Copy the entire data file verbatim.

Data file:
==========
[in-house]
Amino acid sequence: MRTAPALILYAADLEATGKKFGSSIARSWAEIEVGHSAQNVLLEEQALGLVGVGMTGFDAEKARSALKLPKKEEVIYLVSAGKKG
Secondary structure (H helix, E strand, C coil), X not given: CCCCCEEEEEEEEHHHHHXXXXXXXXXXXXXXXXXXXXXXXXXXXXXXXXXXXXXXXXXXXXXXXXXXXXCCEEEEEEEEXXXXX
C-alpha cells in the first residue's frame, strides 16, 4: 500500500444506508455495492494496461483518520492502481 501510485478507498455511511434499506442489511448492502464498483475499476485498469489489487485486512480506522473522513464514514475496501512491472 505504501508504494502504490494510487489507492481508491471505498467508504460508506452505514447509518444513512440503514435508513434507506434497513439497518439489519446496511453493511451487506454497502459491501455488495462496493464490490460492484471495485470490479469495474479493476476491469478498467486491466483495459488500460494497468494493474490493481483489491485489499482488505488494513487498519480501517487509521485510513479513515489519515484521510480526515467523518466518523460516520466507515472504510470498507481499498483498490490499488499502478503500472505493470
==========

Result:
[in-house]
Amino acid sequence: MRTAPALILYAADLEATGKKFGSSIARSWAEIEVGHSAQNVLLEEQALGLVGVGMTGFDAEKARSALKLPKKEEVIYLVSAGKKG
Secondary structure (H helix, E strand, C coil), X not given: CCCCCEEEEEEEEHHHHHXXXXXXXXXXXXXXXXXXXXXXXXXXXXXXXXXXXXXXXXXXXXXXXXXXXXCCEEEEEEEEXXXXX
C-alpha cells in the first residue's frame, strides 16, 4: 500500500444506508455495492494496461483518520492502481 501510485478507498455511511434499506442489511448492502464498483475499476485498469489489487485486512480506522473522513464514514475496501512491472 505504501508504494502504490494510487489507492481508491471505498467508504460508506452505514447509518444513512440503514435508513434507506434497513439497518439489519446496511453493511451487506454497502459491501455488495462496493464490490460492484471495485470490479469495474479493476476491469478498467486491466483495459488500460494497468494493474490493481483489491485489499482488505488494513487498519480501517487509521485510513479513515489519515484521510480526515467523518466518523460516520466507515472504510470498507481499498483498490490499488499502478503500472505493470